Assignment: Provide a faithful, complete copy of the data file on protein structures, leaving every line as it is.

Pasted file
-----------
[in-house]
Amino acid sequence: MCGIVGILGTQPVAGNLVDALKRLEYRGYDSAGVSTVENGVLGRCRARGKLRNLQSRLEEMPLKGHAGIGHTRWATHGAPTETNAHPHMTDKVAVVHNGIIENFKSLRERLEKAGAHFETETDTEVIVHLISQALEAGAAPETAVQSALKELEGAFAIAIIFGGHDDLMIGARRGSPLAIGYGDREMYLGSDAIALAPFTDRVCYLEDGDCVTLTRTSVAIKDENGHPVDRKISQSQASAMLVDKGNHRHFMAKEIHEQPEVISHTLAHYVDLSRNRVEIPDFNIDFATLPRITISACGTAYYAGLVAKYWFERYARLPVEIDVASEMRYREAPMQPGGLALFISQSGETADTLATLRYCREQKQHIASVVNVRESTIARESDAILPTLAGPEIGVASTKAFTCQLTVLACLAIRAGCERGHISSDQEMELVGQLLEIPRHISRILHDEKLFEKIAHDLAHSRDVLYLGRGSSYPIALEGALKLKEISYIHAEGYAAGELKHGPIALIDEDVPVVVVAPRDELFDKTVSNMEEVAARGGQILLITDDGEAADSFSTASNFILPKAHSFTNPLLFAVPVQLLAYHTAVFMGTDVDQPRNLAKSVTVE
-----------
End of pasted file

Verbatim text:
[in-house]
Amino acid sequence: MCGIVGILGTQPVAGNLVDALKRLEYRGYDSAGVSTVENGVLGRCRARGKLRNLQSRLEEMPLKGHAGIGHTRWATHGAPTETNAHPHMTDKVAVVHNGIIENFKSLRERLEKAGAHFETETDTEVIVHLISQALEAGAAPETAVQSALKELEGAFAIAIIFGGHDDLMIGARRGSPLAIGYGDREMYLGSDAIALAPFTDRVCYLEDGDCVTLTRTSVAIKDENGHPVDRKISQSQASAMLVDKGNHRHFMAKEIHEQPEVISHTLAHYVDLSRNRVEIPDFNIDFATLPRITISACGTAYYAGLVAKYWFERYARLPVEIDVASEMRYREAPMQPGGLALFISQSGETADTLATLRYCREQKQHIASVVNVRESTIARESDAILPTLAGPEIGVASTKAFTCQLTVLACLAIRAGCERGHISSDQEMELVGQLLEIPRHISRILHDEKLFEKIAHDLAHSRDVLYLGRGSSYPIALEGALKLKEISYIHAEGYAAGELKHGPIALIDEDVPVVVVAPRDELFDKTVSNMEEVAARGGQILLITDDGEAADSFSTASNFILPKAHSFTNPLLFAVPVQLLAYHTAVFMGTDVDQPRNLAKSVTVE